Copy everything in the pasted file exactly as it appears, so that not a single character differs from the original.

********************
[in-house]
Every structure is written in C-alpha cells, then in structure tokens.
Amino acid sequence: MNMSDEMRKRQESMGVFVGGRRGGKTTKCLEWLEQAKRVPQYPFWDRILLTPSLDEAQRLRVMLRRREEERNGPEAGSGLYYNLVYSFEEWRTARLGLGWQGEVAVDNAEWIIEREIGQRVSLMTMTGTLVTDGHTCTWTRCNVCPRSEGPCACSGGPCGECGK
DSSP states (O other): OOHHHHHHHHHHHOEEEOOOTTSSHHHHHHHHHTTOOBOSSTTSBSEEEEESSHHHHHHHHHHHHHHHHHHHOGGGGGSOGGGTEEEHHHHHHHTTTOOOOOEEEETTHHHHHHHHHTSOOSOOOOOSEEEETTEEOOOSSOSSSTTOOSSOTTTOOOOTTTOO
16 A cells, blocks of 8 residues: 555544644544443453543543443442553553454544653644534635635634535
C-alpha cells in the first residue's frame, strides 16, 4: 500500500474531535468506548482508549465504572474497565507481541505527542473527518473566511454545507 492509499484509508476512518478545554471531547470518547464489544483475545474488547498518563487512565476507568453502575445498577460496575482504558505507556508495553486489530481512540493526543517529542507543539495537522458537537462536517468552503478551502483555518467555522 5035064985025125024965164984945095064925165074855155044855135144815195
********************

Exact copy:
[in-house]
Every structure is written in C-alpha cells, then in structure tokens.
Amino acid sequence: MNMSDEMRKRQESMGVFVGGRRGGKTTKCLEWLEQAKRVPQYPFWDRILLTPSLDEAQRLRVMLRRREEERNGPEAGSGLYYNLVYSFEEWRTARLGLGWQGEVAVDNAEWIIEREIGQRVSLMTMTGTLVTDGHTCTWTRCNVCPRSEGPCACSGGPCGECGK
DSSP states (O other): OOHHHHHHHHHHHOEEEOOOTTSSHHHHHHHHHTTOOBOSSTTSBSEEEEESSHHHHHHHHHHHHHHHHHHHOGGGGGSOGGGTEEEHHHHHHHTTTOOOOOEEEETTHHHHHHHHHTSOOSOOOOOSEEEETTEEOOOSSOSSSTTOOSSOTTTOOOOTTTOO
16 A cells, blocks of 8 residues: 555544644544443453543543443442553553454544653644534635635634535
C-alpha cells in the first residue's frame, strides 16, 4: 500500500474531535468506548482508549465504572474497565507481541505527542473527518473566511454545507 492509499484509508476512518478545554471531547470518547464489544483475545474488547498518563487512565476507568453502575445498577460496575482504558505507556508495553486489530481512540493526543517529542507543539495537522458537537462536517468552503478551502483555518467555522 5035064985025125024965164984945095064925165074855155044855135144815195